In the past, the Madre de Dios and Beni valleys were probably one of the migration routes for the Proto-Arawakan, the Proto-Maipuran, and possibly the Proto-Panoan tribes. No archaeological evidence of the Huarayo exists, but according to early chronicles, they were likely vassals of the Inca or perhaps their servants guarding the Anti-soyo, the forested eastern slopes of the Inca Empire. There are indications of intensive contacts between the Huarayo and the Inca via trade or tribute. It was said that the Huarayo were entitled to collect the tribute from other groups for the Inca and also to capture their youths for service in the Inca army. Their knowledge of weaving, raising maize, and the use of the sling is diffused from the Andean Indians. Juan Alvarez Maldonado, the first Spanish conqueror, who descended the Madre de Dios in 1567, used the names "Huarayo" and "Guarayo" in his Relación, but mainly the name "Chuncho."
Huarayo contacts with Westerners began in 1539, when Pedro Anzules de Camporedondo reached the Rio Beni. The expedition of Pedro Candia and Mercedian missionaries Diego de Porres and Diego Martínez came to the region of the upper Inambari from 1587 to 1588. In the seventeenth century missionaries of the Jesuit and Franciscan orders entered the area but were few in number. The reports of missionaries and travelers are confused. The Franciscan mission of La Concepción de Apolobamba was founded in 1690 on the left bank of the Beni; the missions of San José de Uchupiamonas and San Antonio de Ixiamas were established in 1713 and 1721 respectively. Under pressure to assimilate to Western ways, the Huarayo moved nearer to the Río Madre de Dios.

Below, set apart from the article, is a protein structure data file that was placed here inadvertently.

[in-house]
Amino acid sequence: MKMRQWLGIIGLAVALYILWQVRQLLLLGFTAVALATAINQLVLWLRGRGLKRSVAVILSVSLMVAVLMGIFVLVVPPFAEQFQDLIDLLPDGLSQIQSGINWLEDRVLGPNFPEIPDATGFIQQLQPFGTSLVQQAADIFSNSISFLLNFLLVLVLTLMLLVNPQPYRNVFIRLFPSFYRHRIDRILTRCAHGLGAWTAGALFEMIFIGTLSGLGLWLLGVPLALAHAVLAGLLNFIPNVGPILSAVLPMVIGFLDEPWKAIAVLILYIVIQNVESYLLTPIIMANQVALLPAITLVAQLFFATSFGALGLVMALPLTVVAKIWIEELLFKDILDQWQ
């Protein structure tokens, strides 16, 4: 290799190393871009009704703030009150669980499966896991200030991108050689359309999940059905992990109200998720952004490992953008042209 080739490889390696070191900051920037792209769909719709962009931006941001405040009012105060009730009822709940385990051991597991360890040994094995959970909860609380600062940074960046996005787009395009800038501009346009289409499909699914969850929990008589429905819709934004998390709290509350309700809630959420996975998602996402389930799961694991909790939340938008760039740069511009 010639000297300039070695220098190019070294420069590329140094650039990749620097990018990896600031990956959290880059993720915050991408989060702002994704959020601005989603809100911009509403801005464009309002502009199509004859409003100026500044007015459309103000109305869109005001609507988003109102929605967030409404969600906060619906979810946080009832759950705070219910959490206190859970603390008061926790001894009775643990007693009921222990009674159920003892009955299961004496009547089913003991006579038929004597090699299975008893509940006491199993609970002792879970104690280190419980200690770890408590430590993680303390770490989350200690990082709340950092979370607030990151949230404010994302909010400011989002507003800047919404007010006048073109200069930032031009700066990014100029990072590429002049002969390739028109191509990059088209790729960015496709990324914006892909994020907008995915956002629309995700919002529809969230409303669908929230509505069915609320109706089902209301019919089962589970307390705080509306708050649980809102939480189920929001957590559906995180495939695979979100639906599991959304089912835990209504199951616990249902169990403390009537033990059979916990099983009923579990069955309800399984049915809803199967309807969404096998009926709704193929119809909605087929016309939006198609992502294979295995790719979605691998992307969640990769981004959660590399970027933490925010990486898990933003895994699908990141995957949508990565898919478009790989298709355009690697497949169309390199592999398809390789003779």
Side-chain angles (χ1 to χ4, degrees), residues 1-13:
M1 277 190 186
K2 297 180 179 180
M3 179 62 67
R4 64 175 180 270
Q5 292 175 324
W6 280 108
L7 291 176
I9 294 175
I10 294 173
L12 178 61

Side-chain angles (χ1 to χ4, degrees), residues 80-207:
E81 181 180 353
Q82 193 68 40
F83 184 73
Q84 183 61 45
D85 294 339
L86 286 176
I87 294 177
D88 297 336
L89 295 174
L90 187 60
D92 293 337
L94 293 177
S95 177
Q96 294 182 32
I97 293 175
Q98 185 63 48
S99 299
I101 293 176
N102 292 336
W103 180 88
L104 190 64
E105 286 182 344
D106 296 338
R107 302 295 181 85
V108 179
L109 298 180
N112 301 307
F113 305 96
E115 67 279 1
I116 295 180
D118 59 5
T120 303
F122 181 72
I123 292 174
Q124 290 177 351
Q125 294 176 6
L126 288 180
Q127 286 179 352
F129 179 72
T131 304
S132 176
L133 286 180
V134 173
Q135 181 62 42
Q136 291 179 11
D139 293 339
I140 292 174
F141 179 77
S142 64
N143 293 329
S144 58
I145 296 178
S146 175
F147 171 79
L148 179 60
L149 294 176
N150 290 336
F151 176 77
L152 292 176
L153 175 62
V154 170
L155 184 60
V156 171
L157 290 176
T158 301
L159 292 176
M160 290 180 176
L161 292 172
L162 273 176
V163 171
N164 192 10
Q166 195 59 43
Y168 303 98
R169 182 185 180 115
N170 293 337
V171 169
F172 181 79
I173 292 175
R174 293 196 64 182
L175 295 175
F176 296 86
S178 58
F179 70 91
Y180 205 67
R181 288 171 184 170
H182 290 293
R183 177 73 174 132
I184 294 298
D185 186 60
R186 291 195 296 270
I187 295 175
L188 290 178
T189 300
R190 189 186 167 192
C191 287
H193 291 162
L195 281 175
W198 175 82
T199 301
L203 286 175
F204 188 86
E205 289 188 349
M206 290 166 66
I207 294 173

In the beginning of the twentieth century, Dominican missionaries started to operate in the Madre de Dios region. Later, the temporary missions of Lago Valencia (1933), El Pilar (1943), and Fundo Concepción (1950) were founded, and an Adventist mission opened in Palmareal (1972). The second wave of the rubber boom (1941-1945) had a harmful effect upon the Huarayo. After 1955 the remaining Huarayo families from the Tambopata and Inambari regions settled on the left bank of the Madre de Dios. In 1960 they chose a place on the opposite side of the river and built the village of Palmareal. The Huarayo living in the Caserío de Infierno, Chonta, and Riberaita are highly acculturated, whereas the Huarayo in Palmareal are less so.